Kate In my experience, often that initial paid money can make a huge difference to the quality of life of those families because it is not that unusual to use that to adapt a property, as Suzanne says, to purchase care.
Jo Obviously bringing any form of court case is very time-consuming and stressful.  Kate, what would it feel like to pursue a clinical negligence case?
Kate Well, I suppose that is a question far more for the parents of these children and the families of these children than the lawyer but what I would say is that it is a very protracted process.  It takes a long time, it’s very detailed.  I would be misleading if I said it isn’t stressful for families because it does require a lot of input.  It requires them to face certain issues when you are reading experts’ reports for example, that can be quite difficult and painful reading.  But it’s also a collaborative process, very collaborative, and your lawyer should be supporting you all the way through so, I think probably what it requires, what it feels like, is as I say, a matter for the family but what it requires is quite of lot of persistence and patience, a willingness to share a lot of detail with your lawyer so actually it needs to be a very trusting relationship because the lawyer will spend a lot of time with the family and delve quite deeply into the way that that particular family works and that particular child’s needs, which is how you get back to the safety net principle, how you get the best safety net for that child and that family in the future.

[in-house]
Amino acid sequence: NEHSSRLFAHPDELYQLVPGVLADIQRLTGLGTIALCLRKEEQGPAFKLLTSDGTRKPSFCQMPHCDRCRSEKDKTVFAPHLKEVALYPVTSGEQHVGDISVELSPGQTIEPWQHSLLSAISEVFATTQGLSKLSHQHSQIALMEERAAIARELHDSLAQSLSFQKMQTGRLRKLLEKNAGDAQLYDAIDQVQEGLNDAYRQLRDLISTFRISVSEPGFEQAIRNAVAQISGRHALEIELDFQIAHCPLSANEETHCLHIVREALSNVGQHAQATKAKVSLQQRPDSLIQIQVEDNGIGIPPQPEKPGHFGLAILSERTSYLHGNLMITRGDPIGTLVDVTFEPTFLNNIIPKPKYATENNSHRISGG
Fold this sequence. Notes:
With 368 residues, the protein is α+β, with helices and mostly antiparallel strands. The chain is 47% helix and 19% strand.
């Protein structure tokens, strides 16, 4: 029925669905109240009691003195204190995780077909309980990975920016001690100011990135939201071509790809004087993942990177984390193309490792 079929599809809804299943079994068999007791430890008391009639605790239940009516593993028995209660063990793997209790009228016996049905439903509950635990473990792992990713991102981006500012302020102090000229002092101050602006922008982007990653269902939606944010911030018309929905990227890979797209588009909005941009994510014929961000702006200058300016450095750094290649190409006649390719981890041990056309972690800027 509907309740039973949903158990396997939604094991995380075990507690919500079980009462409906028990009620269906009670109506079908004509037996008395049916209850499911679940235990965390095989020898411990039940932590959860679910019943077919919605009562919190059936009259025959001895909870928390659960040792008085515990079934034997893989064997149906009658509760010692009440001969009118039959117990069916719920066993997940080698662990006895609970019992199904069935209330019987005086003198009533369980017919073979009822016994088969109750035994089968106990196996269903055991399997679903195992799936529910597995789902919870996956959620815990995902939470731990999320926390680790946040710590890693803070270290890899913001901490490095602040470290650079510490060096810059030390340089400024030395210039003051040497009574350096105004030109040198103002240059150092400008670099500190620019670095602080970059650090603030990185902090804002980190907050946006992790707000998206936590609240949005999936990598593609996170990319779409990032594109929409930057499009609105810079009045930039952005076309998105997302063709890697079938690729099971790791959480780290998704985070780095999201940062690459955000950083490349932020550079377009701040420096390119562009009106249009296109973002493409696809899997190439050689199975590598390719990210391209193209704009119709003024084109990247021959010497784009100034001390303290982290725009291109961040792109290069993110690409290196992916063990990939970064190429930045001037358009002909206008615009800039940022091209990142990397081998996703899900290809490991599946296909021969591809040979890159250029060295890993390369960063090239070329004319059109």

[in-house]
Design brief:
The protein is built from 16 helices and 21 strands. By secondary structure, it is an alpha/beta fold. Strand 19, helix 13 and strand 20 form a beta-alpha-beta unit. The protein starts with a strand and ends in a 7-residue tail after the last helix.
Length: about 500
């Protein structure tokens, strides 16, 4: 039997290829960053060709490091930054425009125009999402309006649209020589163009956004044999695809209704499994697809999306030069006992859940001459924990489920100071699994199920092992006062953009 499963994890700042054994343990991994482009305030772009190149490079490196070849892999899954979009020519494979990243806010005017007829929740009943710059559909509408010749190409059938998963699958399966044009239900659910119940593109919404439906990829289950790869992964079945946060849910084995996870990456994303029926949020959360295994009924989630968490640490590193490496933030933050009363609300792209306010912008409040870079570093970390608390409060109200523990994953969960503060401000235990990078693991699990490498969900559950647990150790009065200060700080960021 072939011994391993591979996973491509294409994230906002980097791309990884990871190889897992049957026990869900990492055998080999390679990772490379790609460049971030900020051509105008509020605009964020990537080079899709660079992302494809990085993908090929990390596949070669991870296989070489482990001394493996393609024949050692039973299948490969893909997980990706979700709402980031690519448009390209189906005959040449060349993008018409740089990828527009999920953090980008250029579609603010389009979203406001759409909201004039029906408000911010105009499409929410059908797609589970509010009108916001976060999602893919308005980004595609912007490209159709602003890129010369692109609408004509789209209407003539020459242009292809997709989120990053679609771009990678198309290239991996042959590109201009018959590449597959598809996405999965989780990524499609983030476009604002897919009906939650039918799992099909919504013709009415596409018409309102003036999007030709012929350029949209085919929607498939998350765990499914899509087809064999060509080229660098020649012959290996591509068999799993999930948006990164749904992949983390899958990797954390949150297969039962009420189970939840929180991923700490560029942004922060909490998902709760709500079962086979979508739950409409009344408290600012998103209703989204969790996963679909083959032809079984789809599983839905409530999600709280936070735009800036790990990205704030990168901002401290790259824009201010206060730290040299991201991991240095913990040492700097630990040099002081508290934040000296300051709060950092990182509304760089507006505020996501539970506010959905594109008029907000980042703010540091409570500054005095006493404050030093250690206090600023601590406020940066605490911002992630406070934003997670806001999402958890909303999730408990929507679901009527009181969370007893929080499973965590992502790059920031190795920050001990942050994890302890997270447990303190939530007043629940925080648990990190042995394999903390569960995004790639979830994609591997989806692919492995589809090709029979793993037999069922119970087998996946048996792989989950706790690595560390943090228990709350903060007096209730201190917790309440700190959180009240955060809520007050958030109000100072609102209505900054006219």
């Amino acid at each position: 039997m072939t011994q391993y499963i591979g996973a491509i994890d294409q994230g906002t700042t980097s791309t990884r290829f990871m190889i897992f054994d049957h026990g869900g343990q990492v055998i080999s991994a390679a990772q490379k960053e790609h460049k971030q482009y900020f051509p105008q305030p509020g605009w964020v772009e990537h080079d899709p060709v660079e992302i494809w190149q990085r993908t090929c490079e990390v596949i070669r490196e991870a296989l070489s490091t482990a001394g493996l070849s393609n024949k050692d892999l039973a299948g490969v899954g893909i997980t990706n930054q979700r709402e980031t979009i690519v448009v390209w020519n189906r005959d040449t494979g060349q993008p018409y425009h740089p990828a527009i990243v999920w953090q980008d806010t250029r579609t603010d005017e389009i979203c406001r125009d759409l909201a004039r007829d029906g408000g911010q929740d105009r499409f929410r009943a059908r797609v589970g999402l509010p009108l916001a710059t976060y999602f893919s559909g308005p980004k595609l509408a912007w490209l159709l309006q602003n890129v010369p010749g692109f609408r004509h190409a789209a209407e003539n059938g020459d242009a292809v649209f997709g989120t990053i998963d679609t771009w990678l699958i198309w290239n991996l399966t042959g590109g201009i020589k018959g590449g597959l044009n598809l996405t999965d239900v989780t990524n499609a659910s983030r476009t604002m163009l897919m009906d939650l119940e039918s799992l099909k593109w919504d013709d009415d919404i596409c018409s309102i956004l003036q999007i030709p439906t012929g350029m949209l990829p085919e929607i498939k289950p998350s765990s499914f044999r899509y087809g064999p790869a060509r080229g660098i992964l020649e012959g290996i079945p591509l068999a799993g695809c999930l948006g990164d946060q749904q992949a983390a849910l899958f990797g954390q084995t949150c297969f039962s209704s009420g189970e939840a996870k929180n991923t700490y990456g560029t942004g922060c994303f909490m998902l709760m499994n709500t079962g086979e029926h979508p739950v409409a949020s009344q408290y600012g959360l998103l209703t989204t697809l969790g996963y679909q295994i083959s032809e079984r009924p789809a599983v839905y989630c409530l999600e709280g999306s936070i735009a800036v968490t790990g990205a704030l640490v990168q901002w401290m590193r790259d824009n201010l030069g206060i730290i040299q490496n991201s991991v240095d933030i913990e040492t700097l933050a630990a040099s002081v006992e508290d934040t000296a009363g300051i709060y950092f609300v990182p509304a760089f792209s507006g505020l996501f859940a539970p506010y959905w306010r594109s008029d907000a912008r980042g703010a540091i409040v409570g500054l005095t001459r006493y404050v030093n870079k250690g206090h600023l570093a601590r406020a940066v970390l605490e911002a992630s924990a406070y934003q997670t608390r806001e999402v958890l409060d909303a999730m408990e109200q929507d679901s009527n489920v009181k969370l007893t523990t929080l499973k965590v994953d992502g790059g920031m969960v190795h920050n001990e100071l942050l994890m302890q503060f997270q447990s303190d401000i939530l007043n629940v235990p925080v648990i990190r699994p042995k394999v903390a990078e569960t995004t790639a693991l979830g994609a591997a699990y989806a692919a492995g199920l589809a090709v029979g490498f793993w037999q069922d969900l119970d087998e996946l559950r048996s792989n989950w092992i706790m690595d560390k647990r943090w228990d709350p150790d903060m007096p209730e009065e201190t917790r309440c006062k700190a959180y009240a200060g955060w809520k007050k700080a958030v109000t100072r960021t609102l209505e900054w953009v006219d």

Jo Thank you Kate and Suzanne. That was illuminating.  Thank you very much for making this vodcast with us and we look forward to welcoming you back on further vodcasts.